Airlines’ slow shift to Alternative Fuels

By May 1, 2017Blog

US airlines burn through fuel. The industry uses 1,440,000[1] barrels of jet fuel per day. At a rate of $66.5/barrel[2], the US airline industry spends $95.76 million every day to fuel its planes. Jet fuel is the largest expenditure for airlines with fuel costs accounting for around 10% of an airline’s operating costs.[3]

Jet fuel prices are volatile and a significant portion of an airline’s expenses. To mitigate this price variability, airlines buy futures contracts to fix their jet fuel prices for a period (typically 6 months). While these contracts protect the airline from jet fuel price volatility, many airlines are exploring other options to reduce the cost of fuel and diversify their fuel sources. A large push in this direction is the development of Sustainable Alternative Jet Fuels (SAJFs) to provide more price stability and a greener footprint for the industry.

The US Department of Energy has partnered with several airlines in an initiative called Farm to Fly 2.0 to encourage the development of SAJF technologies and second-generation drop-in SAJF. Drop-in fuels are alternative fuels that are compatible with existing aircraft and infrastructure. They can be mixed with traditional airline fuels as well. Currently, SAJF technologies have focused on using forest residuals, algae and/or jatropha to create second-generation drop-in fuels. Second-generation fuels are fuels that are derived from non-food crop sources and can be mass grown in a variety of locations.[4]

Forest Residuals

Forest residuals are being pursued as a viable source of biofuel for airlines. Research by the Northwest Advanced Renewables Alliance has led to the development of a sustainable supply chain for jet fuel using the residuals from logging operations. Alaska Airlines is the American pioneer in forest residual based jet fuels. The airline powered a jet-fuel blend containing 20% SAJF and 80% traditional fuel in a flight from Seattle to Washington D.C. It’s the first commercial flight to run partly on wood. The jet fuel was produced by Gevo, a biofuels company that uses forest residuals to convert cellulosic sugars into isobutanol.[5]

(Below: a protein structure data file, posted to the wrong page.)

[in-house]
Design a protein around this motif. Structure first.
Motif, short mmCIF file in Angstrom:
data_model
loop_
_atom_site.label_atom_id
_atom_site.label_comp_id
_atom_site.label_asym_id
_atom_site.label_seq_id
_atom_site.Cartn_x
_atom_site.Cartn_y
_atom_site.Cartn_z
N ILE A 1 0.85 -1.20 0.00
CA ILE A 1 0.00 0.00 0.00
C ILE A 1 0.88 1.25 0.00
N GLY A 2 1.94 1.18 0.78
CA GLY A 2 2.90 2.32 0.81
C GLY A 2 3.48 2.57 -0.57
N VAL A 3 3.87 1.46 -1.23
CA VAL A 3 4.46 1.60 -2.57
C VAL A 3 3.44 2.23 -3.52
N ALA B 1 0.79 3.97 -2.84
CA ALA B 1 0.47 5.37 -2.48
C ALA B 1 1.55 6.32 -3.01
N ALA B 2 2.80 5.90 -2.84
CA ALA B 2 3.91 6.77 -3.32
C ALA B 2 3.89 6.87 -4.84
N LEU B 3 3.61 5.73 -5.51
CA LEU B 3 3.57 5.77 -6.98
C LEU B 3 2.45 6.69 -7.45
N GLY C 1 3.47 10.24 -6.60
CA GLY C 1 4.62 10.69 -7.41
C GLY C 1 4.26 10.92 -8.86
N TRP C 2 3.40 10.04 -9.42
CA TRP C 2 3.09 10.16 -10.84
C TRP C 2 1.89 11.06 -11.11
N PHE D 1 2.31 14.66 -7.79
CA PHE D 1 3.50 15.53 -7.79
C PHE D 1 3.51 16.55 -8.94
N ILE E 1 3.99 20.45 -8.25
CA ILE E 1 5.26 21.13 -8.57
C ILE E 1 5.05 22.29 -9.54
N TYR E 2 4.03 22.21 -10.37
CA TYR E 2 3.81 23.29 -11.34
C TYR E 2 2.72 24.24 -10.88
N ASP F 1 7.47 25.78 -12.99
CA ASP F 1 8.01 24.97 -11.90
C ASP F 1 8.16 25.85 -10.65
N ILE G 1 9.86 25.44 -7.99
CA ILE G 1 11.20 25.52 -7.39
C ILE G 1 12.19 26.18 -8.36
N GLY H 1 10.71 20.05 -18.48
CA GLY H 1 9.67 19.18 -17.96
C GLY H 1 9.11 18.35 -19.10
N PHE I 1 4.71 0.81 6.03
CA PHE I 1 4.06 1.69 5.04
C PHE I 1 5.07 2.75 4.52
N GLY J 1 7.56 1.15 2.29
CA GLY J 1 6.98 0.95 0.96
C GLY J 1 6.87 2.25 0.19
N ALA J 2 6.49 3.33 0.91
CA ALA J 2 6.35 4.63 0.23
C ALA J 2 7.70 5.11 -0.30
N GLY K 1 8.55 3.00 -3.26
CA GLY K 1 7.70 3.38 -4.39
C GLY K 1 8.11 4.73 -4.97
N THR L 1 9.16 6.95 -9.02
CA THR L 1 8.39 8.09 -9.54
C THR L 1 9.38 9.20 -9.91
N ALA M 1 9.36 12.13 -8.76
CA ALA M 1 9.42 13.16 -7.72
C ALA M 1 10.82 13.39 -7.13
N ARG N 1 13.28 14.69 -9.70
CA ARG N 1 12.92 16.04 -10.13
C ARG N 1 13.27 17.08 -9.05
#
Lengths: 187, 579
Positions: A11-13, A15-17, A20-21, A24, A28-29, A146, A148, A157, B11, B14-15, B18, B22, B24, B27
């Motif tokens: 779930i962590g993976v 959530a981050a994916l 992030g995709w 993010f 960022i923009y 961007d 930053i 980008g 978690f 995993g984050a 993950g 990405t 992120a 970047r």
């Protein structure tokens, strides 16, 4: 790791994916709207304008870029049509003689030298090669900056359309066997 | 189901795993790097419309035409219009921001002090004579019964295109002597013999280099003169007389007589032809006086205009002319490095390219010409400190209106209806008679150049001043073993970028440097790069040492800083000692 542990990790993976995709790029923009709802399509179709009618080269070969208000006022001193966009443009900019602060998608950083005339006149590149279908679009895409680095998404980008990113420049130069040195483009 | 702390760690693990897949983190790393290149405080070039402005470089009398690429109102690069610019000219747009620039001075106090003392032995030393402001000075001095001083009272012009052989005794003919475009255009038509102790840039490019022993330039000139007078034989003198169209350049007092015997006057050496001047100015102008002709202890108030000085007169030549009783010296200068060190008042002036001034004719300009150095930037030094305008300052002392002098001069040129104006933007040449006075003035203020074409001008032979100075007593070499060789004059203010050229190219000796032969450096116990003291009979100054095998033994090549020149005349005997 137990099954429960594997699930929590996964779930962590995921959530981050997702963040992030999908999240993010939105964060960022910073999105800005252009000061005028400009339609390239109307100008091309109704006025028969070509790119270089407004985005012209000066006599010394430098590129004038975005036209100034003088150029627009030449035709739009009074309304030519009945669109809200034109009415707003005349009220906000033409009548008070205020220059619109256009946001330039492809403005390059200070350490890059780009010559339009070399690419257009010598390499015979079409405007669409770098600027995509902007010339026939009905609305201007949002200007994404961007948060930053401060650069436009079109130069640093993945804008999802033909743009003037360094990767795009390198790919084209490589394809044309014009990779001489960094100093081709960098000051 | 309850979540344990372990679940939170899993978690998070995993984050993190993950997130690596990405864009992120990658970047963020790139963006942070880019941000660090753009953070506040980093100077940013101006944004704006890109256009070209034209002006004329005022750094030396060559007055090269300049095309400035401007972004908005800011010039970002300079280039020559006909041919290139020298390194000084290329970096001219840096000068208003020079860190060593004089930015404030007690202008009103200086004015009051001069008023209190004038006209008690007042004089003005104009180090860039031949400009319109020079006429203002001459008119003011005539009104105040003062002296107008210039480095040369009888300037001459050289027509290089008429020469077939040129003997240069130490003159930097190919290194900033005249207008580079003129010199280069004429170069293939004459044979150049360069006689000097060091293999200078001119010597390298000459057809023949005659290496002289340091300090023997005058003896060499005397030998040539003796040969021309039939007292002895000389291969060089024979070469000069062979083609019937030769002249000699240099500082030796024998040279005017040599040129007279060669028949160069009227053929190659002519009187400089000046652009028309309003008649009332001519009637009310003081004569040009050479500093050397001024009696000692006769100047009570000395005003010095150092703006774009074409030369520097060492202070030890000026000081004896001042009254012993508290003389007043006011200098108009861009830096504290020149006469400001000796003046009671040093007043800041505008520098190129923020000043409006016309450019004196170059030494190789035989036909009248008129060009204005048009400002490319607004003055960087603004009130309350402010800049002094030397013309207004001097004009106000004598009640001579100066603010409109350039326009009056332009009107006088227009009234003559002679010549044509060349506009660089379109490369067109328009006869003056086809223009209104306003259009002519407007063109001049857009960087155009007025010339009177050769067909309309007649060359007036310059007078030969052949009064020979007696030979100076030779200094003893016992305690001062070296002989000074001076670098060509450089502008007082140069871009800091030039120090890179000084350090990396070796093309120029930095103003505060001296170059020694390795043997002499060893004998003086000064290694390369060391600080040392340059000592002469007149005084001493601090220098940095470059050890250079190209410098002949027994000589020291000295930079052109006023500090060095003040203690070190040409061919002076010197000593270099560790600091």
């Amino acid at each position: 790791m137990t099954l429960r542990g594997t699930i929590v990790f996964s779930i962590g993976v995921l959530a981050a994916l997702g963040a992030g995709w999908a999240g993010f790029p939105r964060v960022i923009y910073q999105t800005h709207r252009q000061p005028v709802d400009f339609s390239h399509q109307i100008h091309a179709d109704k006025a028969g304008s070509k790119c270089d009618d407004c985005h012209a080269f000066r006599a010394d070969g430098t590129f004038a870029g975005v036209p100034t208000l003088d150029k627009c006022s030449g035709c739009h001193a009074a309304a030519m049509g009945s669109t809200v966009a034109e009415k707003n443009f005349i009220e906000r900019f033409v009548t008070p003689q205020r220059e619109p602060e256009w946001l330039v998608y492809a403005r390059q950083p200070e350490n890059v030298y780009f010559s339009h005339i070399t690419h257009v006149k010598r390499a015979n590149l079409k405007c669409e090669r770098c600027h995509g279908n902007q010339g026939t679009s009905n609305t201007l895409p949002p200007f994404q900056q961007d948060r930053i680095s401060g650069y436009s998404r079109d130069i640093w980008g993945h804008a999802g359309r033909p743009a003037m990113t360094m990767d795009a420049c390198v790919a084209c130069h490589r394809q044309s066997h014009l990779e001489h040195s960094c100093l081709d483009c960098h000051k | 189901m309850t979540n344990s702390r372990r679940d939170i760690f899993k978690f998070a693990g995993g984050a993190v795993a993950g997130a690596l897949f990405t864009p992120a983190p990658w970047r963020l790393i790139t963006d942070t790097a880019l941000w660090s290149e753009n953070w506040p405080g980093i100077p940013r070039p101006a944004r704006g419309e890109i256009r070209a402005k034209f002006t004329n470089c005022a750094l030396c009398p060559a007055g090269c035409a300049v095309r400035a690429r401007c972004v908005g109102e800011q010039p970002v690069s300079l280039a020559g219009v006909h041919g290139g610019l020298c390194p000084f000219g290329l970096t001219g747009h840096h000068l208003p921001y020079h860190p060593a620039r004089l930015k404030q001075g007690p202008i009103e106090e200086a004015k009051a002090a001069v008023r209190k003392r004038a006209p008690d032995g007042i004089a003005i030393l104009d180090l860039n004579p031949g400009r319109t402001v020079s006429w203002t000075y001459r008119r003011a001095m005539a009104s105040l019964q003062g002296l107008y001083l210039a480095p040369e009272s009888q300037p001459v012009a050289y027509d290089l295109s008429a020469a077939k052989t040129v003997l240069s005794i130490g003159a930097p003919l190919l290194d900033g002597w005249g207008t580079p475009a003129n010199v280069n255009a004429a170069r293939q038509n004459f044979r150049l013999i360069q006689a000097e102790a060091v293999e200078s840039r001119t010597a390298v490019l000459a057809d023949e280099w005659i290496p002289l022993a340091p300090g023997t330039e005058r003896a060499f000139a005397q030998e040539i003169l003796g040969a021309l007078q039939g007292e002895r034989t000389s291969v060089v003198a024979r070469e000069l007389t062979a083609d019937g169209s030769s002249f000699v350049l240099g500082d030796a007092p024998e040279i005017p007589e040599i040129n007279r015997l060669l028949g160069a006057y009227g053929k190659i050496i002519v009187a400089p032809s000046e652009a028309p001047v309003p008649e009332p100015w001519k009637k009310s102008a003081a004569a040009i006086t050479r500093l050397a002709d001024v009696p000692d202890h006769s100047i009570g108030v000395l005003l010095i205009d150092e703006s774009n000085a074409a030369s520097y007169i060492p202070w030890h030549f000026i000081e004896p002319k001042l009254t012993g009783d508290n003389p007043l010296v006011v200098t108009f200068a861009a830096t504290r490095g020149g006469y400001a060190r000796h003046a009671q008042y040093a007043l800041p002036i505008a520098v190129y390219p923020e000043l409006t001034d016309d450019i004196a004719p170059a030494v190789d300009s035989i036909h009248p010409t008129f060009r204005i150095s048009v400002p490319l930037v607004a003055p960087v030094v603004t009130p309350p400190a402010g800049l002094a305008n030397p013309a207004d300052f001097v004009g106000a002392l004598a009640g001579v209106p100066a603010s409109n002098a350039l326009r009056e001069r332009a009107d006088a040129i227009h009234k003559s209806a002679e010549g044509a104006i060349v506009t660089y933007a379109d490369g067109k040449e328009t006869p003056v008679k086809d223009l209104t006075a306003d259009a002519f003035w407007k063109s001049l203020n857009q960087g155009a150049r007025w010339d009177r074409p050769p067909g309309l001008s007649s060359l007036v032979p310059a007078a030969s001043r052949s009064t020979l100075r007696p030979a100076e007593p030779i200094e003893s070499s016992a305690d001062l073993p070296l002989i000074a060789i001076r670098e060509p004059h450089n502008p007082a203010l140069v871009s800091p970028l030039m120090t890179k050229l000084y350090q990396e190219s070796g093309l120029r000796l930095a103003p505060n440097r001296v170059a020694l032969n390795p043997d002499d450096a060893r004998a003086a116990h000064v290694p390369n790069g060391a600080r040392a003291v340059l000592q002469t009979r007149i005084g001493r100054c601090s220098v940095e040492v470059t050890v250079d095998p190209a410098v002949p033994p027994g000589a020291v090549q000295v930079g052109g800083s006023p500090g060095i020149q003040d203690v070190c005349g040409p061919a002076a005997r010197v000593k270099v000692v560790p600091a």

FedEx is another company that’s agreed to push for use of alternative jet fuels. The company is set to purchase 3 million gallons of biofuel annually from Red Rock Biofuels in its pledge to obtain 30% of jet fuel from alternative sources by 2030.[6] Red Rock Biofuels specializes in forest residual based fuels.

Algae and Jatropha

Algae is a promising source of fuel for airlines because these tiny organisms can be grown in salt water, deserts and inhospitable places. Like most plants, they intake carbon dioxide and produce a lot of oil. Algae requires very little space (68,000 sq km) to fuel the world airline industry.[7] This is by far the most efficient space-wise, but producing SAJF out of algae is far from economically being able to compete with traditional fuel and is not the most cost-efficient when compared to other second-generation sustainable alternative jet fuels primarily because concentrated algae production requires algae incubators that are not economically viable yet. Still, plenty of airlines are exploring the potential use of algae for second-generation drop-in SAJFs.

United Airlines partnered with Solazyme to fly the first US flight from Houston to Chicago using a 40% algae drop-in fuel mixed with 60% conventional fuel. Since then, they’ve signed a letter of intent with the company to continue the development of algae jet fuel use in their flights.[8]

Jastropha is a plant that produces a high lipid oil that can be used to make second-generation biofuel. Jatropha is inedible and therefore, it’s primary reason for growth would be for fuel. Like algae, Jastropha can be grown in a variety of harsh climates.[9]

Currently, alternative biofuels are not cost-competitive with traditional fuels. Airlines, government agencies and biofuel companies have invested in SAJF research and biofuel technologies to change that. The development of SAJF technologies will lead to lower cost jet fuels and a diversified jet fuel sourcing opportunity for airlines within the next decade. As SAJF development continues, expect to hear more about flights that are partially run on second-generation drop-in sustainable aviation jet fuels.

By Alex Byron

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